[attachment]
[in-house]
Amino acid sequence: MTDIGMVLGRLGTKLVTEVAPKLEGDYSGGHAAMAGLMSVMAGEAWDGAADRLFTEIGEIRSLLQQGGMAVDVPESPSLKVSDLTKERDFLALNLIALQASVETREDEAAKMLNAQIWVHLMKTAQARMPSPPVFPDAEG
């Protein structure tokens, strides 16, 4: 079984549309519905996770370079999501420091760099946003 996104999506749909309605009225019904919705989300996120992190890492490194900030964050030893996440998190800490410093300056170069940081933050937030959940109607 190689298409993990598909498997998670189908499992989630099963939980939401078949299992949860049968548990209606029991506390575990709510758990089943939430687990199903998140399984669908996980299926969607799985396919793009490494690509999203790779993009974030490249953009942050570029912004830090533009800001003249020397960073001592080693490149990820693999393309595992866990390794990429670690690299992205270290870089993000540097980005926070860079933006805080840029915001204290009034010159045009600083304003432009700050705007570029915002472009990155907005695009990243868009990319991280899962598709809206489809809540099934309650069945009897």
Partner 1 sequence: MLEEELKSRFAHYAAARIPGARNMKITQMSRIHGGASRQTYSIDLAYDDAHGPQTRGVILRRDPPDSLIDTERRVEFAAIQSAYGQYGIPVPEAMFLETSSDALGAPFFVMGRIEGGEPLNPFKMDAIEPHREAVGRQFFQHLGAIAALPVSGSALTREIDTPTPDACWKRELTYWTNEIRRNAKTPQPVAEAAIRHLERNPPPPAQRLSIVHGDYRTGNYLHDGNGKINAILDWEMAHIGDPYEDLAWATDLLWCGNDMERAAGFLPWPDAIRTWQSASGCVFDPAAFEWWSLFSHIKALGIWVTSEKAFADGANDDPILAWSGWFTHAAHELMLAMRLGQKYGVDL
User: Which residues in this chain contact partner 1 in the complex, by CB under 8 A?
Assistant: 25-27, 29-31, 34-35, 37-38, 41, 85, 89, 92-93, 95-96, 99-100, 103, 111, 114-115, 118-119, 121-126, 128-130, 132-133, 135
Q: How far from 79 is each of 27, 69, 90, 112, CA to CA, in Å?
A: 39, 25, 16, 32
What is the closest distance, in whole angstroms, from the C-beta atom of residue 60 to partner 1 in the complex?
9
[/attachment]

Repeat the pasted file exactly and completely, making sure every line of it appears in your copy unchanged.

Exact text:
[in-house]
Amino acid sequence: MTDIGMVLGRLGTKLVTEVAPKLEGDYSGGHAAMAGLMSVMAGEAWDGAADRLFTEIGEIRSLLQQGGMAVDVPESPSLKVSDLTKERDFLALNLIALQASVETREDEAAKMLNAQIWVHLMKTAQARMPSPPVFPDAEG
């Protein structure tokens, strides 16, 4: 079984549309519905996770370079999501420091760099946003 996104999506749909309605009225019904919705989300996120992190890492490194900030964050030893996440998190800490410093300056170069940081933050937030959940109607 190689298409993990598909498997998670189908499992989630099963939980939401078949299992949860049968548990209606029991506390575990709510758990089943939430687990199903998140399984669908996980299926969607799985396919793009490494690509999203790779993009974030490249953009942050570029912004830090533009800001003249020397960073001592080693490149990820693999393309595992866990390794990429670690690299992205270290870089993000540097980005926070860079933006805080840029915001204290009034010159045009600083304003432009700050705007570029915002472009990155907005695009990243868009990319991280899962598709809206489809809540099934309650069945009897």
Partner 1 sequence: MLEEELKSRFAHYAAARIPGARNMKITQMSRIHGGASRQTYSIDLAYDDAHGPQTRGVILRRDPPDSLIDTERRVEFAAIQSAYGQYGIPVPEAMFLETSSDALGAPFFVMGRIEGGEPLNPFKMDAIEPHREAVGRQFFQHLGAIAALPVSGSALTREIDTPTPDACWKRELTYWTNEIRRNAKTPQPVAEAAIRHLERNPPPPAQRLSIVHGDYRTGNYLHDGNGKINAILDWEMAHIGDPYEDLAWATDLLWCGNDMERAAGFLPWPDAIRTWQSASGCVFDPAAFEWWSLFSHIKALGIWVTSEKAFADGANDDPILAWSGWFTHAAHELMLAMRLGQKYGVDL
User: Which residues in this chain contact partner 1 in the complex, by CB under 8 A?
Assistant: 25-27, 29-31, 34-35, 37-38, 41, 85, 89, 92-93, 95-96, 99-100, 103, 111, 114-115, 118-119, 121-126, 128-130, 132-133, 135
Q: How far from 79 is each of 27, 69, 90, 112, CA to CA, in Å?
A: 39, 25, 16, 32
What is the closest distance, in whole angstroms, from the C-beta atom of residue 60 to partner 1 in the complex?
9